The Documentary Way of Shooting
I’m often asked what kind of style I shoot and although it would be easy to say “documentary” or “photojournalistic” I think it’s important to define what these two labels might mean.
To me, it’s a way of telling an honest story through photographs. These are usually candid photographs, but to say that those images are a series of snapshots would be to sell them short.
Let’s Get Technical For Just A Moment…
If you break things down, you would discover a great storytelling photograph consists of:
LIGHT + MOMENT + COMPOSITION
Light is not just the quantity of light in the environment, but the direction and quality.
A moment is a moment in time that has some significance to the story, usually with emotion or humour.
Composition is the arrangement of people and items in the landscape or room in a pleasing form and shape.
To get all of these things right requires some photographic skill and to do it consistently is what makes good documentary wedding photography.
Documentary Photography Needs Time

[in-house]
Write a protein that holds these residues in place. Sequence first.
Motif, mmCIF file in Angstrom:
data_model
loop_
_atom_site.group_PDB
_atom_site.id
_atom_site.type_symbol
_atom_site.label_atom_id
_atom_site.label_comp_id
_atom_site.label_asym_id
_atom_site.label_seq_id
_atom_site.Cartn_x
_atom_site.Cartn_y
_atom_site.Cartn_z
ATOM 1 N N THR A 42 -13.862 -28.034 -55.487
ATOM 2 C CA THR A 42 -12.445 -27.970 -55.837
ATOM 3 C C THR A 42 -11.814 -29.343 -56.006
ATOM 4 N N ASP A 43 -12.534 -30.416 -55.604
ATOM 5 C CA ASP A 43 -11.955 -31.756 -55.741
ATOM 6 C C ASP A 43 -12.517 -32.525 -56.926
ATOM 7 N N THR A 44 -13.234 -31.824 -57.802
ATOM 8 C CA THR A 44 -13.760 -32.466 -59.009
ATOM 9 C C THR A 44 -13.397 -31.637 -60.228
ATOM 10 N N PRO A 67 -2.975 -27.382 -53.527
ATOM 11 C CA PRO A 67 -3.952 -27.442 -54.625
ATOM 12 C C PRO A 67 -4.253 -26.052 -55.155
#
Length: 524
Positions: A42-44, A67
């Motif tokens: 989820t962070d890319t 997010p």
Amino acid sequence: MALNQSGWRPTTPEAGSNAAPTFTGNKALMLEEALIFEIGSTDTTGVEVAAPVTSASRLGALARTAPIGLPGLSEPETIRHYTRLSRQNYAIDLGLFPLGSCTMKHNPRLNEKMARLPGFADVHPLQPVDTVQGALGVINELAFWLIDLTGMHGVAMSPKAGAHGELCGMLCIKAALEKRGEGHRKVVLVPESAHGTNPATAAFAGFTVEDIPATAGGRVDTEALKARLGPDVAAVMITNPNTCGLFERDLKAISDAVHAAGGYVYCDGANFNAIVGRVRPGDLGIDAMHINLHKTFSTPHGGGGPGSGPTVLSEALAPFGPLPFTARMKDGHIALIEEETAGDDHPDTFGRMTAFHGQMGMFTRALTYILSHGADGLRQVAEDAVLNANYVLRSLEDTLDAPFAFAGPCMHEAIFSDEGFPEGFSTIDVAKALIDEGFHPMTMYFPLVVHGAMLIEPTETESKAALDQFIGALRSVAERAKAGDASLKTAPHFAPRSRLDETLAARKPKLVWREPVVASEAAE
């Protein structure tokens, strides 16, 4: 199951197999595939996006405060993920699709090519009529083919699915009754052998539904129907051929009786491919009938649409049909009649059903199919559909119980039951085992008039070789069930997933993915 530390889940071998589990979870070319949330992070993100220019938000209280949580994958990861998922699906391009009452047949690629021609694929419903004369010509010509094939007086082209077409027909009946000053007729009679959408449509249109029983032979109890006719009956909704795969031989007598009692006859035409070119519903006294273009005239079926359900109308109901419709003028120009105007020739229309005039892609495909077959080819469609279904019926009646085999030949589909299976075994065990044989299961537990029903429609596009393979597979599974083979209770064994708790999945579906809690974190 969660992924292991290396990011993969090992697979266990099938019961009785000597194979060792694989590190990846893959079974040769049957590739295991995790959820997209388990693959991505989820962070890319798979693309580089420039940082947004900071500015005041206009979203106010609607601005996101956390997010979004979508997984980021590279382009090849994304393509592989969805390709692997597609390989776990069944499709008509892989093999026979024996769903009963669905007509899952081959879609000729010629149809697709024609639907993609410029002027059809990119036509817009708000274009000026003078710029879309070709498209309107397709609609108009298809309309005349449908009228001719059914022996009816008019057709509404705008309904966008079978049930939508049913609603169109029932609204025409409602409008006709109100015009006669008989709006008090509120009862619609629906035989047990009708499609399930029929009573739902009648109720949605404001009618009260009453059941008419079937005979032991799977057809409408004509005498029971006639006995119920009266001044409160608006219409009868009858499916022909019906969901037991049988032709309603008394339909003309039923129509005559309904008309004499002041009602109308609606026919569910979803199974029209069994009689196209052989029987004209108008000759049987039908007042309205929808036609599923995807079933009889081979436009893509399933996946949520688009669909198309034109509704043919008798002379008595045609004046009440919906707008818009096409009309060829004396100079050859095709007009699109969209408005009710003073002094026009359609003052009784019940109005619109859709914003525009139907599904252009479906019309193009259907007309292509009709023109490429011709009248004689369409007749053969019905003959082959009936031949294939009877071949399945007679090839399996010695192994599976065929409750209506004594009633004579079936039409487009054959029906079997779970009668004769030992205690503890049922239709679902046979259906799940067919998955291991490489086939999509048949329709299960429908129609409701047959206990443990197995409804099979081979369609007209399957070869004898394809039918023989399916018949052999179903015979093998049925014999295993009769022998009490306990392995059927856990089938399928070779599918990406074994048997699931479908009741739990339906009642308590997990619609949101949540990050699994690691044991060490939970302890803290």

The way to turn a “candid” photo into one that tells a story is by use of “context”. This means using mostly wide-angle lenses to capture reactions from other people and the beauty of the surroundings. I tend to work close-up (and using the smaller Fuji line of cameras definitely helps with that) though I’m often surprised by the feedback from couples and guests about how unintrusive this is.
I also feel strongly that to properly tell the story of a day, a photographer needs time, and keeping any formal “photo-shoots” to a minimum most definitely helps with that. It also frees up my clients and their guests to spend time with each other (which – after all – is what a wedding reception is really all about).